"...reason has tended to collar intellect in our time... For reason knows that we all want to have reason on our side. But once we have seen reason plain, we can use it as the wonderful tool that it is, and then get on with the real business of being alive along the way whose milestones are momentary or timeless experiences of being whole - mind, body, and hand - in the delight that is memorable and breathe an immemorial air...
...And then you become aware of your self there, aware of rare self, the rare self that interpenetrates all, sees and knows with a final certainty. I know some such self has been splelt with a capital S, just as the word certainly has been called Truth or Reality. But I Don't want in this practical exercise to use capitals, or words like Mysticism, Transcendence, and so on. There is no need; only a little application, persistence, failure and more persistence. The way is open. But one must go along it far enough for thought to get blocked and the void of no-thought to open out, for only then can enlightenment come."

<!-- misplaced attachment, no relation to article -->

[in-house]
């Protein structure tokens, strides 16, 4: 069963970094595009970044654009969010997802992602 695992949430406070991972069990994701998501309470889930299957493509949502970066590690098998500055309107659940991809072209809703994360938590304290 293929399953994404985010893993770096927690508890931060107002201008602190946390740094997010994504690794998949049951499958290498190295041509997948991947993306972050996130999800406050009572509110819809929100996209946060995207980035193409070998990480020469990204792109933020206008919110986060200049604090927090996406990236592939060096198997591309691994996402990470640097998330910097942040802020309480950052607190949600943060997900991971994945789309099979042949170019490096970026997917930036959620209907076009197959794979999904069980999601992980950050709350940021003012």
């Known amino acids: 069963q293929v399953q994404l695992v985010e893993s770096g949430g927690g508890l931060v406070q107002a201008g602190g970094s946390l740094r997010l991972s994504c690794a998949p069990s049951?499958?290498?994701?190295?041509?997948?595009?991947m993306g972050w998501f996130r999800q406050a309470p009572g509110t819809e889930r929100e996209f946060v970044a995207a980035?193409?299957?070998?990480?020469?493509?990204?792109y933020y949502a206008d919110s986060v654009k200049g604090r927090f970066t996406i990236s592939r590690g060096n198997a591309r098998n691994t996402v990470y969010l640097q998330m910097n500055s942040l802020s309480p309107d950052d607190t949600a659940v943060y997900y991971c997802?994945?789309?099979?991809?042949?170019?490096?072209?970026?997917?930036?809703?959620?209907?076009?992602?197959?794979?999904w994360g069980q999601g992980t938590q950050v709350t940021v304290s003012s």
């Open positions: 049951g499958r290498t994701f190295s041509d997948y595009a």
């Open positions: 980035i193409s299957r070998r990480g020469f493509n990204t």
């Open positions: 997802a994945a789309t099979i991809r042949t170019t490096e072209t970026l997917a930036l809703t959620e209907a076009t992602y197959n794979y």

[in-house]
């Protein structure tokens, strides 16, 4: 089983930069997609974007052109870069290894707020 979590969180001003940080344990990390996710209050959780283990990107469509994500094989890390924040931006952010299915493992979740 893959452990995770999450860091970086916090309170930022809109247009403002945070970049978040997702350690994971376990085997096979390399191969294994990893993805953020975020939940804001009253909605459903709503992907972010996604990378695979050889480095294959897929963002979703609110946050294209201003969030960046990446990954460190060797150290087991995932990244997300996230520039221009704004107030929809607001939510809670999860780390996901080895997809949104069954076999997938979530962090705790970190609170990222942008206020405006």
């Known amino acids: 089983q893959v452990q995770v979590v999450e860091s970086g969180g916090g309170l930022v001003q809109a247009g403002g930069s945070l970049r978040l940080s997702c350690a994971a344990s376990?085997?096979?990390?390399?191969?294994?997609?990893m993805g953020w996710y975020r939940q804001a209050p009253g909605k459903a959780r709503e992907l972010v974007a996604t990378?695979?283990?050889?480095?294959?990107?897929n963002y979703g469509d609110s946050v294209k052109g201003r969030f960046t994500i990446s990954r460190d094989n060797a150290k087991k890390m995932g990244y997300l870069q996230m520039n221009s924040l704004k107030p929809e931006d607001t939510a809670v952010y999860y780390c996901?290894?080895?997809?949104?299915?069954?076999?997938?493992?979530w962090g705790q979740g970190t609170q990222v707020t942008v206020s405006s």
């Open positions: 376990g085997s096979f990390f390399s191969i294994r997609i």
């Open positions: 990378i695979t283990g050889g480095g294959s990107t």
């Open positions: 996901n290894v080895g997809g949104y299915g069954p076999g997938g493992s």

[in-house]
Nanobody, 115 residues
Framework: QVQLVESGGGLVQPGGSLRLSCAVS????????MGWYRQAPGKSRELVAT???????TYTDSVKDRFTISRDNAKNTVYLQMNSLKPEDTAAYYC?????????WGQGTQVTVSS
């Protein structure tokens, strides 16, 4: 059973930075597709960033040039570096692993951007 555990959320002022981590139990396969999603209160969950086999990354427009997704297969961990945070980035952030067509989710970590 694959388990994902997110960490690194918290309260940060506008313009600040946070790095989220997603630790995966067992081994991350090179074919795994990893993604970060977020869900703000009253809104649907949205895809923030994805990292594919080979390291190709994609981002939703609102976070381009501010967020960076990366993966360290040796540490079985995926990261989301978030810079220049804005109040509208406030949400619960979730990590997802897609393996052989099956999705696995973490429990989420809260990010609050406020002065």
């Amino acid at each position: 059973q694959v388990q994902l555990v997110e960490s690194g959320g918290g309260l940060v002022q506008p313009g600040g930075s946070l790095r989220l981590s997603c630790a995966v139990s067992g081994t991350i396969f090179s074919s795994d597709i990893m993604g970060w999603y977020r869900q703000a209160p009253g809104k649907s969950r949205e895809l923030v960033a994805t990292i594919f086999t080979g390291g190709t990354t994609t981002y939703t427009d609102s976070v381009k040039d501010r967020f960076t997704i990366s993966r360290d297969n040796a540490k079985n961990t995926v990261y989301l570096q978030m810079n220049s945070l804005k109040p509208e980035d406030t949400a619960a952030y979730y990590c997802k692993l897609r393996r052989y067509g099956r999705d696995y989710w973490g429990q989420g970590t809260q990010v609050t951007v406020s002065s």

- Neil M Gunn (1891-1973)
Postscript: astute readers of my blog will have noticed that I have recently (since my return from Skye, Scotland in July) quoted heavily from Neil Gunn. For those of you who have not heard the name (I had not heard of him prior to my first trip to Scotland in 2009, where I "discovered" his writings while browsing through one of Scotland's many fine second-hand bookstores), Neil Miller Gunn was born in 1891 in Dunbeath, a small fishing and crofting community in Caithness, in North East Scotland. Arguably among the most important Scottish novelists of the first half of the 20th century (he wrote 20 novels between 1926 and 1954), Gunn's unique gift was the seemingly effortless manner in which he captured in prose the - physical and spiritual - essence of Highland life. His final book, published in 1956 was The Atom of Delight (from which the passage above is quoted, along with a few others in earlier blog entries). It is a profoundly moving, deeply spiritual autobiography that traces his interest in Zen Buddhism (his interest in which was ignited when he read Herrigel's Zen and the Art of Archery, the same book that, coincidentally, also jump-started Henri Cartier-Bresson's pursuit of the "decisive moment'). I find his writings a perfect complement to (and/or, prose-based analogue of) the feeling that Scotland, in general, and Skye in particular, instills in me.